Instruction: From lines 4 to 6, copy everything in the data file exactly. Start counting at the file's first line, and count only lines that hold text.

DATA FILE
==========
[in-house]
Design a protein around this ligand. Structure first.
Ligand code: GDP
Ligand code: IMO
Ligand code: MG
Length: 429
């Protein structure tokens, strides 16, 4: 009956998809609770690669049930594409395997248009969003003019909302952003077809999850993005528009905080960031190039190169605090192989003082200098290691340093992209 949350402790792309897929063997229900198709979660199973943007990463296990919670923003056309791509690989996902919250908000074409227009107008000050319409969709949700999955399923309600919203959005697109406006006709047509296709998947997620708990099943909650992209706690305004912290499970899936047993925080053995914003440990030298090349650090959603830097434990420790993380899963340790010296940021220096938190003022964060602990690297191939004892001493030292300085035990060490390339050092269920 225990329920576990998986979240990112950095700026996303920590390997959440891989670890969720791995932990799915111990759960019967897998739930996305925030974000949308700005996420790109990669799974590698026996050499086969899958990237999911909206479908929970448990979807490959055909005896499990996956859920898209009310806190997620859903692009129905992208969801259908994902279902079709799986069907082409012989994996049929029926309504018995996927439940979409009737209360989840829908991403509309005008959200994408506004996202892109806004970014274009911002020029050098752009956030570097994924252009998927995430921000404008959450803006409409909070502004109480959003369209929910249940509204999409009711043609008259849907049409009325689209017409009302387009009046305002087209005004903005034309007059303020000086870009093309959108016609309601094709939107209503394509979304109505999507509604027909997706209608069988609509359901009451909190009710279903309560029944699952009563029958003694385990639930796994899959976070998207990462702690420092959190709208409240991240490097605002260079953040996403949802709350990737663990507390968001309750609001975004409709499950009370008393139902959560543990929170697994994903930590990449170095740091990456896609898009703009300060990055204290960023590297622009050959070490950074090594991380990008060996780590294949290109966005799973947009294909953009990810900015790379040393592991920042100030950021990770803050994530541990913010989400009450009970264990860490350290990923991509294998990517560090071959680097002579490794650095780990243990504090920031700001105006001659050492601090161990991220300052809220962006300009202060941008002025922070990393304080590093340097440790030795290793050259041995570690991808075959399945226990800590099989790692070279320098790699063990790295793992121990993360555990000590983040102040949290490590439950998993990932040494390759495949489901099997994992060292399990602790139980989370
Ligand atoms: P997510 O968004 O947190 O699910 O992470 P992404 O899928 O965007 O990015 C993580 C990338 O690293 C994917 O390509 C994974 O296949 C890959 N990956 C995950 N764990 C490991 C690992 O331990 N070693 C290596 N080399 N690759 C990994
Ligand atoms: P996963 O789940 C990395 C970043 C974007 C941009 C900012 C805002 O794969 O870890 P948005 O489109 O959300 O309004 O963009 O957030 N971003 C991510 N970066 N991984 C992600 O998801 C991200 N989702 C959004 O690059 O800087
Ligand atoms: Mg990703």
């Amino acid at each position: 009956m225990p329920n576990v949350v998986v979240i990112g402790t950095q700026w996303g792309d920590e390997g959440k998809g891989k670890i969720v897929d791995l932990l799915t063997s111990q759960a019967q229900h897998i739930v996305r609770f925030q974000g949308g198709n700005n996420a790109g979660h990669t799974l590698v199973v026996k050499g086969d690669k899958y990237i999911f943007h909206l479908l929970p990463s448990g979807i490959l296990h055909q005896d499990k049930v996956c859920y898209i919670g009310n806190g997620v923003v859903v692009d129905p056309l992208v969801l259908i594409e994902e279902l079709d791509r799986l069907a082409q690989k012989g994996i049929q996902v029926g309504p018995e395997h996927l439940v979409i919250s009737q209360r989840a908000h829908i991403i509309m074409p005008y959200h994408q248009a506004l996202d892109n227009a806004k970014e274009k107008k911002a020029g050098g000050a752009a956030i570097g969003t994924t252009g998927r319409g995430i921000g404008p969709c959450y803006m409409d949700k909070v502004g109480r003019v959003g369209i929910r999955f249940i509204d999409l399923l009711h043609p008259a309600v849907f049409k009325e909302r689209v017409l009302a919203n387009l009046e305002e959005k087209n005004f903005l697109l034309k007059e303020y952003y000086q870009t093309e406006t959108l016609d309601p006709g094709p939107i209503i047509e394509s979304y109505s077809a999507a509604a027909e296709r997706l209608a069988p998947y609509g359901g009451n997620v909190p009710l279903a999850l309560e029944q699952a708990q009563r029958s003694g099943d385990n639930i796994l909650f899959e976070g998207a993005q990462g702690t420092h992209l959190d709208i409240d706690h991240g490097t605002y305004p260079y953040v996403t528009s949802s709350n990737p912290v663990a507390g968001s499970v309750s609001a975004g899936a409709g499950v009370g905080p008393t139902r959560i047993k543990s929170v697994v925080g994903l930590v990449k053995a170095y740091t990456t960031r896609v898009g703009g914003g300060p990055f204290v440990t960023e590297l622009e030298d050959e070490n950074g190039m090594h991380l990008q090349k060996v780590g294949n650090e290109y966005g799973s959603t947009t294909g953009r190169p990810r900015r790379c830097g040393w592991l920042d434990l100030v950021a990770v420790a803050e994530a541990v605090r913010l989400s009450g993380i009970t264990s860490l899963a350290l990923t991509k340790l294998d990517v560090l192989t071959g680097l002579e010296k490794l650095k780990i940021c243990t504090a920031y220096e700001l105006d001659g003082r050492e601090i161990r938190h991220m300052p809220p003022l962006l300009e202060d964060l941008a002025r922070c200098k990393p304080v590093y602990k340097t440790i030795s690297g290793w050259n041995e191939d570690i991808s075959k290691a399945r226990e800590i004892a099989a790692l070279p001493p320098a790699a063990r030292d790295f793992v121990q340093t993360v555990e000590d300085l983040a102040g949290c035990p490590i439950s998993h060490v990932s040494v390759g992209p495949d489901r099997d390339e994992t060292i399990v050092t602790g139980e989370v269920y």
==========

Ligand code: IMO
Ligand code: MG
Length: 429